Claude Debussy (1862-1918)
Arrangements for 2 Pianos

Claude Debussy, born on 22 August 1862, returned to Paris in the spring of 1887 after having spent two years at the Villa Medici in Rome. As a lauded winner of the famed Prix de Rome, he had left Paris as an up-and-coming musical superstar but now returned to find a world of severe financial struggle. He frequented the literary and artistic cafés and formed friendships with Paul Dukas, Robert Godet, and Raymond Bonheur.

Debussy’s Meeting With Brahms and Wagner

Portrait of Claude Debussy by Marcel Baschet, 1884

Portrait of Claude Debussy by Marcel Baschet, 1884

Debussy set out for Vienna to meet Brahms in 1887, and we have only conflicting reports of what happened at those meetings. Immediately thereafter, he attended the Bayreuth Festival and saw performances of Parsifal, Meistersinger, and Tristan. He quickly recognized that he needed to free himself from that particular influence and confided to his teacher that “Wagner was less of an innovator than he was generally considered to be.”

Claude Debussy: Fantaisie pour piano et orchestra

Concordantly, the Paris World Exhibition of 1889 awakened his interest in the music of Eastern cultures, and his contact with Mallarmé, Satie, Poe, Chausson, and Maeterlinck saw the completion of a number of works under the influence of symbolist poetry. He worked on the opera Rodrigue et Chimène, with a text by Catulle Mendès for two years, but abandoned the project in favour of Pelléas et Mélisande.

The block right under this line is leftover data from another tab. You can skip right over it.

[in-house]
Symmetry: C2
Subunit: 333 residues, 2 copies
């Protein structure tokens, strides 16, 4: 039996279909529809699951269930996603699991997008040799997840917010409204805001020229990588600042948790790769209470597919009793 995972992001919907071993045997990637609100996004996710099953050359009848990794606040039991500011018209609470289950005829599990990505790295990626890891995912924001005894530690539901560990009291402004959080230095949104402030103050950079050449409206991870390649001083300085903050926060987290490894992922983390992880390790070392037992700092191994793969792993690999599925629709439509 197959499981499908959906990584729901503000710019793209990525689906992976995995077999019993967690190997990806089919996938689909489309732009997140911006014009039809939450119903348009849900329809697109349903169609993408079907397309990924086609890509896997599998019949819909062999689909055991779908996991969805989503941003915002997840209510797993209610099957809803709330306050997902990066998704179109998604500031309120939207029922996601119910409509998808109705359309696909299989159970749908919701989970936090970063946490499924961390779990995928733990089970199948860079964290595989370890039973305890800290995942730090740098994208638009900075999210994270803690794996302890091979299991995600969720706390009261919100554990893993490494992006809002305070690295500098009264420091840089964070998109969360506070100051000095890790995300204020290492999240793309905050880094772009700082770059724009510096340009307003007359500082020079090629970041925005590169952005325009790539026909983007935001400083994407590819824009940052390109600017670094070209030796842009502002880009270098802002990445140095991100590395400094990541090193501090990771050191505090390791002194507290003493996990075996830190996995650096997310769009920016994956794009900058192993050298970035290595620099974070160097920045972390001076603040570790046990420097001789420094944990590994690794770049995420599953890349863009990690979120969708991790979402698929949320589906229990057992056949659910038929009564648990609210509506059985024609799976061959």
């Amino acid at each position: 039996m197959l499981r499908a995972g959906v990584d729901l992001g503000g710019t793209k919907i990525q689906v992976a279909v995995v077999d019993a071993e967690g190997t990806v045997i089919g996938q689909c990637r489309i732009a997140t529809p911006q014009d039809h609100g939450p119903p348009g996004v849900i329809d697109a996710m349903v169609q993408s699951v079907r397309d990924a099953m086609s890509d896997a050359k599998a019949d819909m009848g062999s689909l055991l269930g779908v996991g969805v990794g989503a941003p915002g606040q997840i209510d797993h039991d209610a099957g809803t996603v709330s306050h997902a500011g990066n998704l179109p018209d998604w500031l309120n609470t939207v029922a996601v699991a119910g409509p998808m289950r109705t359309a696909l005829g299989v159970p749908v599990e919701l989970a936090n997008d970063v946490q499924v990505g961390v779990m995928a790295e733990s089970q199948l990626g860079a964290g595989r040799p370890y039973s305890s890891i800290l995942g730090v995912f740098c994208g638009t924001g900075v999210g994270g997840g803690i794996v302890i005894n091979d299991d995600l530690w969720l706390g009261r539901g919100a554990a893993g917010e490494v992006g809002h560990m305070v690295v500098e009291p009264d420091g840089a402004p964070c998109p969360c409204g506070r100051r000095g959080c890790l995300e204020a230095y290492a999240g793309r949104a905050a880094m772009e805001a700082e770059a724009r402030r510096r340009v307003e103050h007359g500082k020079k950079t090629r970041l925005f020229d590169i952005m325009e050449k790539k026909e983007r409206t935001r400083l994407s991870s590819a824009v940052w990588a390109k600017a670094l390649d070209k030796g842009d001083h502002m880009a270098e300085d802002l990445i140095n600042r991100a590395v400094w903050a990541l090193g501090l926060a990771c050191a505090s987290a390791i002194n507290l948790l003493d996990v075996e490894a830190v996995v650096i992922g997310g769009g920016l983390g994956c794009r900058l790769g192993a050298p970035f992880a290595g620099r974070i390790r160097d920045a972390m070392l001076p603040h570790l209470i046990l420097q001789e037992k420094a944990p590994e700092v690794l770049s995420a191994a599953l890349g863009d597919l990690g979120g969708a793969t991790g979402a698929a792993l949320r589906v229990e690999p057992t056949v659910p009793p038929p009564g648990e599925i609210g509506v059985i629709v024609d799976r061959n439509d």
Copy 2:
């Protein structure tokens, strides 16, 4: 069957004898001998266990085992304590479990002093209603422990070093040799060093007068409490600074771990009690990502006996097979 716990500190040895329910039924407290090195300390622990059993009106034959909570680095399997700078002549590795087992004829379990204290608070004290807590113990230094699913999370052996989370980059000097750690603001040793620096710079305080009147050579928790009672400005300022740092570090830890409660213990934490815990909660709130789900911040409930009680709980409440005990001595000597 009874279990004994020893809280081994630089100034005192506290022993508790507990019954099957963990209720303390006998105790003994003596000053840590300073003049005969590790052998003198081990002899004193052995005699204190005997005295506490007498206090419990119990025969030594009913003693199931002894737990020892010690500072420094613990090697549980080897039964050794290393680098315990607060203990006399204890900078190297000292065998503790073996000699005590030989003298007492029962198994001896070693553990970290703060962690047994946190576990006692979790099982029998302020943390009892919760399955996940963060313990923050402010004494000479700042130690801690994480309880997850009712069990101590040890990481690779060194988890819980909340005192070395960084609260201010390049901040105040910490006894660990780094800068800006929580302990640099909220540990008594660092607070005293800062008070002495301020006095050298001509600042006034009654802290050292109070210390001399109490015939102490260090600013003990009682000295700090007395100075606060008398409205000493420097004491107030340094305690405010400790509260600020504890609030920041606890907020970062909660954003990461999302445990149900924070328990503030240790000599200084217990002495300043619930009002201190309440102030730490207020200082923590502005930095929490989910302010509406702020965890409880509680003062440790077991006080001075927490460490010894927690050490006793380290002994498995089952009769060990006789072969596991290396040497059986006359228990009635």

Debussy’s Arrangements for 2 Pianos

Debussy's winning entry for the Prix de Rome

Debussy’s winning entry for the Prix de Rome

With money a constant worry, Debussy accepted various assignments to produce dedicated 2-piano arrangements of orchestral and operatic scores. The singular reason why Debussy agreed to arrange music by Camille Saint-Saëns was a financial one. In fact, Saint-Saëns and Debussy didn’t like each other very much. Saint-Saëns dismissed Debussy’s music “as lacking style, logic and common sense,” essentially calling “his musical aesthetic an atrocity.” Debussy in turn responded, “I have a horror of sentimentality and cannot forget that its name is Saint-Säens.”